The gold umbrella What is that on the wooden floor beneath the light fixtures that the artist didn’t choose herself? The floor is otherwise empty; it is the only thing there but alone it doesn’t seem to be enough to warrant the attention given to this visiting object. Is it because it’s shiny and its volume might change? The artist is the only one with keys to her studio—as far as we know. Maybe she can recall putting this gold folded thing where it is, but now that all of the attention is on just looking, the memory of that past action—the moving of material—seems somehow redundant. Now nothing is moving but everything is changing. The artist has a way of producing lenticular photographs, which is novel. But it’s not about novelty as such; it is about doing some kind of justice to those constant shifts and changes, the essentially imperceptible ones that are permanently occurring. The gold umbrella looks a bit like a creature from a low budget sci-fi film. Its intentions might not be all good. Its isolation makes it ask for some kind of one-to-one response. What is under the umbrella? And if the answer is space, it is still a space now full of complications when before it was just a small part of a room. The object’s crumpled folds are too busy to understand in one go, although the potential of its form is an everyday cupola. The gold umbrella might recall the light reflecting equipment in a photographic studio and all the associated glamour. But our umbrella is probably just saved from a rainy day. Anyway its function is receding into irrelevance, for now it has become the subject of a future image. Lenticulating involves a small tripod and graph paper marked in a way so that, eventually, one image is combined with many others. There is an equation to explain how this is done that looks like this: (INSERT the Mac classic plug-in) It’s all about axis, pixels, splicing and lining up adjacent views so that a plastic cover with rounded ridges will later give the passing viewer an ever so subtle sense of additional depth and movement around the thing depicted. Materially tricky, yes, but also conceptually honest about how things are looked at. We pretend that we are accustomed to single or still images even though their existence is an illusion in our heads. The lights above are on night and day, caught glowing in black and white. Do you see how their light catches the jewellery bracelet? Things go out of focus when they move. The clearing A clearing is an open space in a forest. A place created in nature, framed by nature, typically woodland. A man-made clearing in the colonial world was a place where the first incisions of a European ‘civilization’ were visible and accordingly, celebrated and romanticized in the Western visual arts of the openly Imperialist centuries. A clearing involves a particular kind of light and a preliminary excursion through the comparative darkness of the wild. Eyes open widely when the clearing is reached. The dabbled light framed by a shadowy perimeter suggests a sense of occasion. It lends importance to the people, objects or actions that meet or manifest there. This importance might affix itself in our minds as an image. But that image proves itself a paper-thin ghost of the moment it recalls. The single image can’t reproduce the time spent arriving. The incidental details along the way—the other images surrounding the remembered image—are phantoms for the image-maker and as good as nonexistent and inaccessible to subsequent viewers of that image. The image might be the story of its own making. Photography inherited painting’s Oedipal struggle with the real. Photography, a latecomer on the timeline of mediums, a modern upstart, thought it could do the Real better. Photography had its moments and the security and financial weight of technology, process and patents. That was before it was everywhere, even in galleries and became a medium like any other. Flatness and time remained issues. Is it possible for single image based contemporary art to put film to one side, if film happens not to be its focus? One of the main projects of post-modernity was to free ourselves of the linear narratives that most film inherited from literature. Oh how we secretly long for the reassurance of the narratives with their time-based beginnings and ends. Non-filmic visual arts continued with the still image unravelling its fabric unpicking its seems and picturing thought and unpicking the real. The artist says: ‘I am an artist who takes photographs not a photographer.’ I continue: I am not in love with the medium I am an image-maker. My roots are in the Renaissance. Do clearings exist in the urban fabric in the 21st Century? Art photography canonized the non-places, urban ruins and the aesthetic ragamuffins who zoom in on the incidental corners, refuse and in-between-spaces. Recouping through positive negation non-and dysfunction places—the shapes textures and contours of localities that don’t work but do work for one’s work. (But what’s underneath the umbrella?) In a notebook with a pink cover, is lots of nervous writing, unspeakable, the artist jots down: ‘The clearing of the space. The shots are empty. Another space, an unknown space, the 3D lenticular space. I don’t want to read my own notes. In that space there is magic and the uncanny. I think I am not alone in a fascination with the pull to the unknown - transitions from one kind of reality to another - doorways, paths, ingresses to different places. Taking the simplest things and loading them with ideas and poetry. A quiet refuse to return to where feeling and meaning still mean something. Avoiding the explicit or didactic in favour of producing a vague sense of remembering. A sucker for the Romantic, running away, there is the sense at night when you kind of do block out the rest of the world, you can't see it. Observation underlined: Observation. I am interested in slowing down the process of looking, there could be nothing there or just stillness. Slowing down time, looking at the sky, dwelling at length on detail. Hesitant, unstable and restrained photographs…’ Almost textually lenticulated, a friend looking over my shoulder at this text suggests anonymously: ‘If you’re going to talk about clearing—speak about being exposed in the clearing—being surrounded by a dark forest—the centre of an inversed Panopticon. They can see you, but you can’t see them—nor can you see in all directions in anticipation of what you can’t see. Agoraphobia as a Modern phenomena—think of Le Corbusier and his donkey paths versus modern tabula rasa city designs. When you are exposed—as in ‘captured’, you are taken from place and time. Why not speak briefly about time—the reconstitution of it, the regaining and recouping of it, the expansion of it… and wavering, and trembling suspensions… the moments before time crumbles and ceases to exist entirely. ‘Clearing’ has a German relative: the Aufklärung (Enlightenment). And with the lenticular technology, you are—for all intents and purposes–surrounding your subject (coming in from all sides).’ Non-identical twins One exhibition in two different art places, two sides of a coin stretched over a city. The same show twice, but not quite. Bookends. Nearly the same works are on display, but only nearly. Instead of shifts in a single picture we have shifts in lighting conditions or time and angle. Will the differences be retained? The non-identical twins speak now through the lenticular medium. They only hear echoes. Again.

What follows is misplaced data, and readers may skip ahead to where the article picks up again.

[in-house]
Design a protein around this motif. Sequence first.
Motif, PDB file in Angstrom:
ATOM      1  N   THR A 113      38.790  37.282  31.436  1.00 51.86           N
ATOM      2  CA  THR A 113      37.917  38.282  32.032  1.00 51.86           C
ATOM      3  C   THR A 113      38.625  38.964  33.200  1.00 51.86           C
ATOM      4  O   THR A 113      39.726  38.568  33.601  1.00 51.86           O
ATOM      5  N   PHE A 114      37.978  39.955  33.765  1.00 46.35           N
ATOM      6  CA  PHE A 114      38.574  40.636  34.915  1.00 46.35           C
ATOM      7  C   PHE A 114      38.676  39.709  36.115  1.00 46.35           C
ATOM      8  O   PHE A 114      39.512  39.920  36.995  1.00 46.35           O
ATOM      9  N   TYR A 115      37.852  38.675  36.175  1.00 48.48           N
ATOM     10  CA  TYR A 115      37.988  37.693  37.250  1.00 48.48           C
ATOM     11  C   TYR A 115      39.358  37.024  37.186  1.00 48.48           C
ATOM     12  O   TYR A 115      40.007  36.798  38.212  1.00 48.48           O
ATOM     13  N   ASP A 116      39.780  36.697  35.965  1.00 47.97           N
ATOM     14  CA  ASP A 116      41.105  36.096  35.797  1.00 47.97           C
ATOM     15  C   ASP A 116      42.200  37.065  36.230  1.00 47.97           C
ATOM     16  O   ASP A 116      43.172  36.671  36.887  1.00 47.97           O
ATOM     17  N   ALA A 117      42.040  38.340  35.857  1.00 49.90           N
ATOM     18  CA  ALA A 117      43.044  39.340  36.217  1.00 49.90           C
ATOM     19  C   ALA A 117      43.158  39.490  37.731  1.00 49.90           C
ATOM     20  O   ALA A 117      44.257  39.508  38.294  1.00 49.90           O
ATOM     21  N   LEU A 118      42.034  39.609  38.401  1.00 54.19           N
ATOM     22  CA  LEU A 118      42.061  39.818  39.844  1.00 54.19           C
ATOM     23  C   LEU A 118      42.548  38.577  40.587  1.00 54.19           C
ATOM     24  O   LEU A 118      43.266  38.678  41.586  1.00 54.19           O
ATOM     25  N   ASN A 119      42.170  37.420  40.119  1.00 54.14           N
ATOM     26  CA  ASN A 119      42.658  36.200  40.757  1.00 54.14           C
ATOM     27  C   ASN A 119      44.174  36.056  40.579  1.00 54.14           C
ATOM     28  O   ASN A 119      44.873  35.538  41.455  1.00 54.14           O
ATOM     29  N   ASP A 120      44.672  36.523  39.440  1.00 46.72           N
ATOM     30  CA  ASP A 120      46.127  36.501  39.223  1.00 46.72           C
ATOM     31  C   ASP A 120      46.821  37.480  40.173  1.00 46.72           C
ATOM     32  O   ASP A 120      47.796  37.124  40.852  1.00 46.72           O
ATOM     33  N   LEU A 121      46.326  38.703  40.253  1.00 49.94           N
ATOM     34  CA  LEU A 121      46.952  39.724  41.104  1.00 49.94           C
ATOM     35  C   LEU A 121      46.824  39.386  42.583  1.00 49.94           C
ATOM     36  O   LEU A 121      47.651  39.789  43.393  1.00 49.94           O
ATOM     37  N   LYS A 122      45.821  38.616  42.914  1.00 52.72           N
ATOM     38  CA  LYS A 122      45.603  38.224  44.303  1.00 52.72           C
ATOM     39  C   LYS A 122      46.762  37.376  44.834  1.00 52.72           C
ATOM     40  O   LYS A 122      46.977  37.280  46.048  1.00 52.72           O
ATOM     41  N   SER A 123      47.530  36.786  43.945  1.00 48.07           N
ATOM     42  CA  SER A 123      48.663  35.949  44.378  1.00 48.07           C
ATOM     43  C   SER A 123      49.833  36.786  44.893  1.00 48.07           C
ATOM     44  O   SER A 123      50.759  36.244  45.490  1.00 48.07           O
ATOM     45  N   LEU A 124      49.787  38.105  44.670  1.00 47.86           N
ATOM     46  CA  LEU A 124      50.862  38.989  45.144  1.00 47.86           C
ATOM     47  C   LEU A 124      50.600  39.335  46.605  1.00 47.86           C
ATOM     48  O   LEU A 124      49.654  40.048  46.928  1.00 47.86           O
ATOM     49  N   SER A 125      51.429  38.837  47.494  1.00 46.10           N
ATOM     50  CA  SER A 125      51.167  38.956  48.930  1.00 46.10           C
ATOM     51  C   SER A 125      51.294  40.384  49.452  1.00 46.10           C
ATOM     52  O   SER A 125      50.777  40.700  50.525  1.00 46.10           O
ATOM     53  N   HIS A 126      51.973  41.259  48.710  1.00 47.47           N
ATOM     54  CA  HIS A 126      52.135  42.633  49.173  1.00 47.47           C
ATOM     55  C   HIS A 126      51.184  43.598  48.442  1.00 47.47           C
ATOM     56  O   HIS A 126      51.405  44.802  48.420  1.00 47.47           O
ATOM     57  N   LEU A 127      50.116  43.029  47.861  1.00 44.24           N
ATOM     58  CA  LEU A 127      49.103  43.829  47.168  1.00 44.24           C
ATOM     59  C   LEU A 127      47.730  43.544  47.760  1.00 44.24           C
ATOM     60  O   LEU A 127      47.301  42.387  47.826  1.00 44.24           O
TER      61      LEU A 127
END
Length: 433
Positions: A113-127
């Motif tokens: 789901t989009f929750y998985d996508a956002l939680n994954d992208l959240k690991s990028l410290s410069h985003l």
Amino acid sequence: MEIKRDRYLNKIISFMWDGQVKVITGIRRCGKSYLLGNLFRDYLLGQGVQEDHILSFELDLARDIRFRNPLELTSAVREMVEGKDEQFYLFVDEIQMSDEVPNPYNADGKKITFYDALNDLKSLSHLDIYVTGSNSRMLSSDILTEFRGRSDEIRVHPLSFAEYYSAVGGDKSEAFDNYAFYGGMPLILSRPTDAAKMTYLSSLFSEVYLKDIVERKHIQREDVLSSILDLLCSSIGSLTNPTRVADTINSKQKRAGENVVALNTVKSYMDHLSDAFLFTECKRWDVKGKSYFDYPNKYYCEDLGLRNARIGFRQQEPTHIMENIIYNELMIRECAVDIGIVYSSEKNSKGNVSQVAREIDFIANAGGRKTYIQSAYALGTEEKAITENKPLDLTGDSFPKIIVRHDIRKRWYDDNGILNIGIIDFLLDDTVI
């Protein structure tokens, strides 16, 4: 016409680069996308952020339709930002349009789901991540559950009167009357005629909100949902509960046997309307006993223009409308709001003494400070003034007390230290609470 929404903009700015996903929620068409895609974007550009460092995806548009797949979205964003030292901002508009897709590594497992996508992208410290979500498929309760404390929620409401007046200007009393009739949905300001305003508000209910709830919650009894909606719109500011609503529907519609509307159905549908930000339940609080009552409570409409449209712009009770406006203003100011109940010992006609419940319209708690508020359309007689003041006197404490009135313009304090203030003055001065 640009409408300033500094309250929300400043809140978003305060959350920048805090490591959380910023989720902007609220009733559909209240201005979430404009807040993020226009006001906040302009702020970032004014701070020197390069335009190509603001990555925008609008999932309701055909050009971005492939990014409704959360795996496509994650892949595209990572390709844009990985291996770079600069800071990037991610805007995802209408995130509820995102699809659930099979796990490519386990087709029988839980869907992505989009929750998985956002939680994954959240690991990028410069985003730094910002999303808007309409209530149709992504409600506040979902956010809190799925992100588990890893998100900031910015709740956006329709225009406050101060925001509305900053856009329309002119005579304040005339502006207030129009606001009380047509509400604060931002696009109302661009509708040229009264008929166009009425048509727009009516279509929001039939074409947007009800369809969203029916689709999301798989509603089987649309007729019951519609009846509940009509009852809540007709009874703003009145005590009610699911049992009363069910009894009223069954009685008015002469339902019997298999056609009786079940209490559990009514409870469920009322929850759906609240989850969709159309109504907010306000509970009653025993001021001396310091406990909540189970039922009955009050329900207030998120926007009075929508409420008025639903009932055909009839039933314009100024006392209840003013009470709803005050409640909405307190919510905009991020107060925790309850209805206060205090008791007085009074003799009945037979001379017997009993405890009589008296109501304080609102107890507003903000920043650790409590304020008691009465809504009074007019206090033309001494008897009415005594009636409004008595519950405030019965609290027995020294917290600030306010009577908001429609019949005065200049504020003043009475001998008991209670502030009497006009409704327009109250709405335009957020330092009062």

Growing up and breathing by Robert Cook